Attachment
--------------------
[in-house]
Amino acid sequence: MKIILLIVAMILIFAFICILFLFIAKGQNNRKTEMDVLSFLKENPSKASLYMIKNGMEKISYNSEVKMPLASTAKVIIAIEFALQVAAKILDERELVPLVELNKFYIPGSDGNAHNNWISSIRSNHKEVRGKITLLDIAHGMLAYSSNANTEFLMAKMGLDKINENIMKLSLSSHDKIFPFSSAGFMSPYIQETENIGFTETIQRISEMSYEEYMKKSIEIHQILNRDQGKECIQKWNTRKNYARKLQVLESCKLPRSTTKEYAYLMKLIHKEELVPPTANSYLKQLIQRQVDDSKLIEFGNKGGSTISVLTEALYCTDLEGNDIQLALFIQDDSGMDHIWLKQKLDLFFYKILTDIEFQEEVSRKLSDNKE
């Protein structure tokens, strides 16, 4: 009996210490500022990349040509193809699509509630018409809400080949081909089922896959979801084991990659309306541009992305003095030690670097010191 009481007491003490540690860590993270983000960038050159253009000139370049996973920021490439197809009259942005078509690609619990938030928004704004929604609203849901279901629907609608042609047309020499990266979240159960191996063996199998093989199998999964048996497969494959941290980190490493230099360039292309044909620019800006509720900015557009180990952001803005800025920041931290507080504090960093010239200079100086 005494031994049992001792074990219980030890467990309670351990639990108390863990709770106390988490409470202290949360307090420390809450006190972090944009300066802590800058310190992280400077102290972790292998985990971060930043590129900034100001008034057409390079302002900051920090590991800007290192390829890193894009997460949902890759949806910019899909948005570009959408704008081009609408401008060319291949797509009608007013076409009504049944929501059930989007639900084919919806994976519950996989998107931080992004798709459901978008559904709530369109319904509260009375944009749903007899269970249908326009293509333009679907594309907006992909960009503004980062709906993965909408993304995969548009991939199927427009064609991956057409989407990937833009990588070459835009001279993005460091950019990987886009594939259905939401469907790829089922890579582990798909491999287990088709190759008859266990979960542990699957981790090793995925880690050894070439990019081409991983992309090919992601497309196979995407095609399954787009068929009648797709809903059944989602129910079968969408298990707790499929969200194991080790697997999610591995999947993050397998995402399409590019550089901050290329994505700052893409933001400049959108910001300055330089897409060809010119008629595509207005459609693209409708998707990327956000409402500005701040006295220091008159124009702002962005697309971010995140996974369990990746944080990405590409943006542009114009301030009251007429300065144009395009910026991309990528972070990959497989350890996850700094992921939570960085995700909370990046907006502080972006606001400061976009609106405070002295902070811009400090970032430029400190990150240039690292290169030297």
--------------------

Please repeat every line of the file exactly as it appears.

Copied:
[in-house]
Amino acid sequence: MKIILLIVAMILIFAFICILFLFIAKGQNNRKTEMDVLSFLKENPSKASLYMIKNGMEKISYNSEVKMPLASTAKVIIAIEFALQVAAKILDERELVPLVELNKFYIPGSDGNAHNNWISSIRSNHKEVRGKITLLDIAHGMLAYSSNANTEFLMAKMGLDKINENIMKLSLSSHDKIFPFSSAGFMSPYIQETENIGFTETIQRISEMSYEEYMKKSIEIHQILNRDQGKECIQKWNTRKNYARKLQVLESCKLPRSTTKEYAYLMKLIHKEELVPPTANSYLKQLIQRQVDDSKLIEFGNKGGSTISVLTEALYCTDLEGNDIQLALFIQDDSGMDHIWLKQKLDLFFYKILTDIEFQEEVSRKLSDNKE
């Protein structure tokens, strides 16, 4: 009996210490500022990349040509193809699509509630018409809400080949081909089922896959979801084991990659309306541009992305003095030690670097010191 009481007491003490540690860590993270983000960038050159253009000139370049996973920021490439197809009259942005078509690609619990938030928004704004929604609203849901279901629907609608042609047309020499990266979240159960191996063996199998093989199998999964048996497969494959941290980190490493230099360039292309044909620019800006509720900015557009180990952001803005800025920041931290507080504090960093010239200079100086 005494031994049992001792074990219980030890467990309670351990639990108390863990709770106390988490409470202290949360307090420390809450006190972090944009300066802590800058310190992280400077102290972790292998985990971060930043590129900034100001008034057409390079302002900051920090590991800007290192390829890193894009997460949902890759949806910019899909948005570009959408704008081009609408401008060319291949797509009608007013076409009504049944929501059930989007639900084919919806994976519950996989998107931080992004798709459901978008559904709530369109319904509260009375944009749903007899269970249908326009293509333009679907594309907006992909960009503004980062709906993965909408993304995969548009991939199927427009064609991956057409989407990937833009990588070459835009001279993005460091950019990987886009594939259905939401469907790829089922890579582990798909491999287990088709190759008859266990979960542990699957981790090793995925880690050894070439990019081409991983992309090919992601497309196979995407095609399954787009068929009648797709809903059944989602129910079968969408298990707790499929969200194991080790697997999610591995999947993050397998995402399409590019550089901050290329994505700052893409933001400049959108910001300055330089897409060809010119008629595509207005459609693209409708998707990327956000409402500005701040006295220091008159124009702002962005697309971010995140996974369990990746944080990405590409943006542009114009301030009251007429300065144009395009910026991309990528972070990959497989350890996850700094992921939570960085995700909370990046907006502080972006606001400061976009609106405070002295902070811009400090970032430029400190990150240039690292290169030297």